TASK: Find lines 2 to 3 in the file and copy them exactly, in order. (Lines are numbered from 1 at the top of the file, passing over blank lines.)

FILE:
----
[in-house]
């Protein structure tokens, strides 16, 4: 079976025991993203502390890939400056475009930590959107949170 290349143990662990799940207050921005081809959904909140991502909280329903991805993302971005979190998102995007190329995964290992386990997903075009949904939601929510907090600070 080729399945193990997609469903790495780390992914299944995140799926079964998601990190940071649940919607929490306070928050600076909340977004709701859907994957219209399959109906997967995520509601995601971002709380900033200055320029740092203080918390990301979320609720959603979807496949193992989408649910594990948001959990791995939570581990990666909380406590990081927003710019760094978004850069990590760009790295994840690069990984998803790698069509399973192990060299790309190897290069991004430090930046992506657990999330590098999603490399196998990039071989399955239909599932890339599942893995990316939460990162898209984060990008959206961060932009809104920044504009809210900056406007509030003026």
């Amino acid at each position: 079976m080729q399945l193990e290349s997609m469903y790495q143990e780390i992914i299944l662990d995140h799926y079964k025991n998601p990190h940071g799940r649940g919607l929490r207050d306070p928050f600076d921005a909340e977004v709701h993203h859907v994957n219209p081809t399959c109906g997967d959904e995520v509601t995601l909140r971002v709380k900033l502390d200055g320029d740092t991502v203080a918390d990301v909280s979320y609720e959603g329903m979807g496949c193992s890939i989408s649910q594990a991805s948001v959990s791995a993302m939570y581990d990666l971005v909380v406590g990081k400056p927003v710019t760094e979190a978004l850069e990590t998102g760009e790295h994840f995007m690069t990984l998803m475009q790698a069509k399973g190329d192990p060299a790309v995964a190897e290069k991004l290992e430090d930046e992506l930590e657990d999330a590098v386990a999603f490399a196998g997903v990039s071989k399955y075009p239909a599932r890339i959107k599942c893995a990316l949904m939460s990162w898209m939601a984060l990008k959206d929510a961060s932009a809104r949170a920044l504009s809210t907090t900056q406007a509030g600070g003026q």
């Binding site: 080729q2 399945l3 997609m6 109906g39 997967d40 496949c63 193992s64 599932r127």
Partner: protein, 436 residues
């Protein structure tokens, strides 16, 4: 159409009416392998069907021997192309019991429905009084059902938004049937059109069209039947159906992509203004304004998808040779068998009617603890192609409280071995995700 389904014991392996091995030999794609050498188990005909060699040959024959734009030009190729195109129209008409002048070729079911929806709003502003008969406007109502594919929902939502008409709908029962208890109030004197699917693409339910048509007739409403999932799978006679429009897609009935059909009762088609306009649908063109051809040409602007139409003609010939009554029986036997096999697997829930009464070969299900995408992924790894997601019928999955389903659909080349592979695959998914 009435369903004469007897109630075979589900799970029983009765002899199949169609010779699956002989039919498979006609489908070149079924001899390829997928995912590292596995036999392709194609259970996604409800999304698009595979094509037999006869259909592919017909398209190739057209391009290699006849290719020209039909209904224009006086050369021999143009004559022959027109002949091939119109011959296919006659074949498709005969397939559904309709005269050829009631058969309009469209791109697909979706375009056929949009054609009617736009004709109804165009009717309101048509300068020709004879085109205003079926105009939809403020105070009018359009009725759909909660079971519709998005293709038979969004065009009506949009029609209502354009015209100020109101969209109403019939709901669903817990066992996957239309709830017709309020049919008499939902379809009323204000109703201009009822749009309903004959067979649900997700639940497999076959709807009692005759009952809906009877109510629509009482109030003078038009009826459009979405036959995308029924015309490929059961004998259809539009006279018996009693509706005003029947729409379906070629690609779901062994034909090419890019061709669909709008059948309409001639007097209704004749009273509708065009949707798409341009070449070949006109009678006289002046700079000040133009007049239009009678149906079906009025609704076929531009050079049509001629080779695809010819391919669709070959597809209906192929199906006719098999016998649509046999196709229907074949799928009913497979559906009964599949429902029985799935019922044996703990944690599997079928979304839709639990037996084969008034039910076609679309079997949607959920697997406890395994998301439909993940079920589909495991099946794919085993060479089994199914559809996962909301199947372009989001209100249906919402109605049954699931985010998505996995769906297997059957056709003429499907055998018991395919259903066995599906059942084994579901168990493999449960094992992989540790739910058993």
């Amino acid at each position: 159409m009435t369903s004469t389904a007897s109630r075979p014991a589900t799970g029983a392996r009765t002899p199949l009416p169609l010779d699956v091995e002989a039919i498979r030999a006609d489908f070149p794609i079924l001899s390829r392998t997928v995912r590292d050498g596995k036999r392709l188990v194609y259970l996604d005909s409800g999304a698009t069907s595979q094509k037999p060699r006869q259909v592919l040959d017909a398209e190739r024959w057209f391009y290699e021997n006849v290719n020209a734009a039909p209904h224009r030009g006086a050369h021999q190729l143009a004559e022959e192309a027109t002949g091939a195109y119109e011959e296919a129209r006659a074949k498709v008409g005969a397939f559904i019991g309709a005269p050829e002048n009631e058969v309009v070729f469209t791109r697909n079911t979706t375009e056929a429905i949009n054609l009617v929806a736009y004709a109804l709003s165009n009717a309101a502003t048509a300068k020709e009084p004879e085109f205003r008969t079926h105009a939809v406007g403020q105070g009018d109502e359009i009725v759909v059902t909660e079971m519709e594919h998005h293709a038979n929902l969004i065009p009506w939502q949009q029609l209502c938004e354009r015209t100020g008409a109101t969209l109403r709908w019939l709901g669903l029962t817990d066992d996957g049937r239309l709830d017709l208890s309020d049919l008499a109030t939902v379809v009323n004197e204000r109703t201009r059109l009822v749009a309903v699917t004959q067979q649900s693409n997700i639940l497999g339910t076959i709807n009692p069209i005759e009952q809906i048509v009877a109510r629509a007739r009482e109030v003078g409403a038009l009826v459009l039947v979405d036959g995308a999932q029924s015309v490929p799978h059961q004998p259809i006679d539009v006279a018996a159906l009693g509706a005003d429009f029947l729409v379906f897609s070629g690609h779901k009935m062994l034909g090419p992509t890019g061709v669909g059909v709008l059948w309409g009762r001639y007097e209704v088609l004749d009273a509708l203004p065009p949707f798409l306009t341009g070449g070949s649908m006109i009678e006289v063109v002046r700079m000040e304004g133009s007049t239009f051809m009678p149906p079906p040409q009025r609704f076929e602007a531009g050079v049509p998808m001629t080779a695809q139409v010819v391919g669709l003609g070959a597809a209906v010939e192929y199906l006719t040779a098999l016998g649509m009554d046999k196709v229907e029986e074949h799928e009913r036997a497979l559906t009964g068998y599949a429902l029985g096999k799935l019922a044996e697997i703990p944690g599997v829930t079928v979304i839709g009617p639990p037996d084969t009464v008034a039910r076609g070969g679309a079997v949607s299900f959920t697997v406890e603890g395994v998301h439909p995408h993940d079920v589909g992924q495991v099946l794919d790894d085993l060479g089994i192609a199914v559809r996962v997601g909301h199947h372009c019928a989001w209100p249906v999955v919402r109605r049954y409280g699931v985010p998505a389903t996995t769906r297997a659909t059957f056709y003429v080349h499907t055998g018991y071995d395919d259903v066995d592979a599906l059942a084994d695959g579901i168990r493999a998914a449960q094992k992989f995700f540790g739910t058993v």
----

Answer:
């Protein structure tokens, strides 16, 4: 079976025991993203502390890939400056475009930590959107949170 290349143990662990799940207050921005081809959904909140991502909280329903991805993302971005979190998102995007190329995964290992386990997903075009949904939601929510907090600070 080729399945193990997609469903790495780390992914299944995140799926079964998601990190940071649940919607929490306070928050600076909340977004709701859907994957219209399959109906997967995520509601995601971002709380900033200055320029740092203080918390990301979320609720959603979807496949193992989408649910594990948001959990791995939570581990990666909380406590990081927003710019760094978004850069990590760009790295994840690069990984998803790698069509399973192990060299790309190897290069991004430090930046992506657990999330590098999603490399196998990039071989399955239909599932890339599942893995990316939460990162898209984060990008959206961060932009809104920044504009809210900056406007509030003026």
């Amino acid at each position: 079976m080729q399945l193990e290349s997609m469903y790495q143990e780390i992914i299944l662990d995140h799926y079964k025991n998601p990190h940071g799940r649940g919607l929490r207050d306070p928050f600076d921005a909340e977004v709701h993203h859907v994957n219209p081809t399959c109906g997967d959904e995520v509601t995601l909140r971002v709380k900033l502390d200055g320029d740092t991502v203080a918390d990301v909280s979320y609720e959603g329903m979807g496949c193992s890939i989408s649910q594990a991805s948001v959990s791995a993302m939570y581990d990666l971005v909380v406590g990081k400056p927003v710019t760094e979190a978004l850069e990590t998102g760009e790295h994840f995007m690069t990984l998803m475009q790698a069509k399973g190329d192990p060299a790309v995964a190897e290069k991004l290992e430090d930046e992506l930590e657990d999330a590098v386990a999603f490399a196998g997903v990039s071989k399955y075009p239909a599932r890339i959107k599942c893995a990316l949904m939460s990162w898209m939601a984060l990008k959206d929510a961060s932009a809104r949170a920044l504009s809210t907090t900056q406007a509030g600070g003026q």